Dana Kellerman: The day Pittsburgh joined Parkland and Uvalde on that list
DANA KELLERMAN Special to the Post Gazette APR 27, 2023 12:00 AM
This week, the process of selecting a jury begins for the man who goes on trial for the October 27, 2018 antisemitic gun massacre at my synagogue. On that day, Pittsburgh and Squirrel Hill joined the list. That list. The one which includes Parkland, Thousand Oaks, Sebring, Virginia Beach, El Paso, Dayton, Odessa-Midland, Boulder, San Jose, Buffalo, Uvalde, Highland Park, Nashville, and Louisville. Cities now known more for their mass shootings than their recreational attractions, industry, schools, or sports teams. Here in Pittsburgh, eleven people were murdered, six injured, and nine families will never be the same. Three congregations were stricken and an entire community changed forever. And yet, mass shootings are just the tip of a bloody iceberg. In 2022, 44,343 Americans died in gun homicides (18,624), suicides (24,090), and unintentional shootings (1629), up from 43,675 in 2020. Gun homicide and suicide rates rose by 8.3% from 2020 to 2021, which was already up 35% from 2019, according to CDC data. Guns are now the biggest killer of children in this country, 1682 died in 2022 alone. The percentage of homicides and suicides committed with firearms also rose. Between 2019 and 2021, the number of gun homicides rose 45% while the number of non-gun homicides rose only 6%. The government does not track firearm purchases so we do not know exactly how many guns were sold, but it should be clear that guns are driving the increase in homicides. We don’t have precise information on gun ownership in the U.S. because most guns are unregistered and the list of registered guns published annually by the Bureau of Alcohol, Tobacco & Firearms does not include ordinary handguns or AR-15s. We do know that between 2019 and 2021 the number of firearms background checks, an estimate of firearms sales, rose 37%. During this time gun homicides and suicides rose over 35%.
In 2022, 129 people in Allegheny County died in shootings, 32 of them were under the age of 20. In a single week last October, 16 people were shot in the City of Pittsburgh, at least one every single day. Three died. Six people at the Destiny of Faith Church were shot at a funeral for a person who was themself shot to death. The toll that gun homicide and suicide takes on our country is stark. The distribution of this violence may be surprising to some. Of the five states with the highest per capita rate of gun deaths, every single one (Alabama, Louisiana, Missouri, Mississippi and West Virginia) is a deeply conservative state with lax gun laws.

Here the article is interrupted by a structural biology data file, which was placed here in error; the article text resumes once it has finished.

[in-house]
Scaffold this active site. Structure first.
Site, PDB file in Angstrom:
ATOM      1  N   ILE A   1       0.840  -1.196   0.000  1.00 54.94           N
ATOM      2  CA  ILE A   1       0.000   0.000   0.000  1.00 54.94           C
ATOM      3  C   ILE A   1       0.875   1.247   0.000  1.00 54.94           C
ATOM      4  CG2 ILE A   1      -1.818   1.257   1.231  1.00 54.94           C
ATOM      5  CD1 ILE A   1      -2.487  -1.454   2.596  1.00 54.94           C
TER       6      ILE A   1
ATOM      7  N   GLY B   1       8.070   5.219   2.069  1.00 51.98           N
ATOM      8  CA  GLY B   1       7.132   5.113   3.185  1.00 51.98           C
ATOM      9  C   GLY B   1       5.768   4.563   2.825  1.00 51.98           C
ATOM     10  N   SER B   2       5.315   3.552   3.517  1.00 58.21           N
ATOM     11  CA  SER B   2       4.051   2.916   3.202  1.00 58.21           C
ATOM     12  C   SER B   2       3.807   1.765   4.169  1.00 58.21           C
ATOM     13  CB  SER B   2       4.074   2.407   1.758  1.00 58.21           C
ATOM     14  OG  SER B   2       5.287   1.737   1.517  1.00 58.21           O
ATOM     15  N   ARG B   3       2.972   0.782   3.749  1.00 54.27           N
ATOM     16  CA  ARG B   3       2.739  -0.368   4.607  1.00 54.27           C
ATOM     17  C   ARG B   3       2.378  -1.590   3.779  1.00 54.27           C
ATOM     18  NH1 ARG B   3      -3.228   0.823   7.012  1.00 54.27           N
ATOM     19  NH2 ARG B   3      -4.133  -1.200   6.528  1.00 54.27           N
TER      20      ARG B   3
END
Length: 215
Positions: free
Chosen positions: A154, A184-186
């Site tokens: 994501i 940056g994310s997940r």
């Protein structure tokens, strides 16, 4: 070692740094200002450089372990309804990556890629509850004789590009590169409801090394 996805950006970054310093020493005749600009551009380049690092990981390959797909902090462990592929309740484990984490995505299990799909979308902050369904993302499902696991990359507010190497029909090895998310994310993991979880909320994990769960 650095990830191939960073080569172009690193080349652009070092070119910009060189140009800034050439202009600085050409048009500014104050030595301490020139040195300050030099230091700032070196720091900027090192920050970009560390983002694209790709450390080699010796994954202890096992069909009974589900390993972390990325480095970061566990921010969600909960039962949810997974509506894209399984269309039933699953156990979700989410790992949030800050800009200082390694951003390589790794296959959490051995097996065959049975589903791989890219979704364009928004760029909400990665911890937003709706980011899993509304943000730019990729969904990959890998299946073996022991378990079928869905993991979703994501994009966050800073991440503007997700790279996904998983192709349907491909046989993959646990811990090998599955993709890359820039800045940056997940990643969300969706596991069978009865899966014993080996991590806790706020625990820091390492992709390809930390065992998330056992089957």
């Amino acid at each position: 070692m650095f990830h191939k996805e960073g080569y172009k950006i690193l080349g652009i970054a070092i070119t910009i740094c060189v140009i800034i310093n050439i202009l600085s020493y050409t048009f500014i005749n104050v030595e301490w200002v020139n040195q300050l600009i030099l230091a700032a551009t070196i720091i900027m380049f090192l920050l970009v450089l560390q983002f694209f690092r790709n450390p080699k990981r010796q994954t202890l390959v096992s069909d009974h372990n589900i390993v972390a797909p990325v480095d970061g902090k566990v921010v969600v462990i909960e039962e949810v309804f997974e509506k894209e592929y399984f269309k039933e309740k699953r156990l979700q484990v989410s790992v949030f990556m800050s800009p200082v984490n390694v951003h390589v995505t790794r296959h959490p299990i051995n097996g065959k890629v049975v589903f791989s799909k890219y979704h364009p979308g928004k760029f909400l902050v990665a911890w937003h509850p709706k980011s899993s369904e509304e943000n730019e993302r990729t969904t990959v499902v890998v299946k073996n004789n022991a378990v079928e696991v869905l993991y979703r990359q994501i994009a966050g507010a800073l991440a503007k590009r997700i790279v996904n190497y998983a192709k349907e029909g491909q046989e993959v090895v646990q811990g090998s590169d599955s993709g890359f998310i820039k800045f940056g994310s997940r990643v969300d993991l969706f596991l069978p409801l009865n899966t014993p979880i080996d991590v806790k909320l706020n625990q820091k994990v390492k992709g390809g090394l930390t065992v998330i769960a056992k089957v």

Of the eight states with the next highest rates, seven are solidly conservative and all have extremely lax gun laws. Of the five states with the lowest rate of gun deaths (Hawaii, Massachusetts, New York, New Jersey and Rhode Island), all are solidly liberal states with strong gun laws. Eighteen states rank lower than Pennsylvania for gun deaths. Gun deaths are significantly lower in states with strong gun laws. This is true despite the preponderance of large cities in these states. Additional factors in these same states likely play a role, including economic policies that address joblessness, and social policies that address poverty, domestic violence, and mental health (including suicide prevention). We should pursue these policies and stronger gun laws. Americans of both political parties broadly support common sense gun policies, including universal firearms background checks, red flag laws, raising the age to purchase a weapon to 21, safe storage laws to prevent children from accessing guns, and bans on assault weapons and high capacity magazines.
While support for better gun laws is a non-partisan issue among voters, it has become deeply partisan among legislators. Few to no Republicans in the Pennsylvania state legislature or in Congress support strengthening gun laws while most Democratic legislators do. This will not change until all of us demand stronger gun laws from our elected representatives. It will not change until we punish those legislators who either vote against or refuse to consider stronger laws by voting them out. You cannot claim to care about gun violence and support legislators who do not. Too many people right here at home are dying every single day.
Dana Kellerman is the policy director for Squirrel Hill Stands Against Gun Violence and a member of Dor Hadash, one of the three congregations attacked on October 27, 2018. First Published April 27, 2023, 12:00am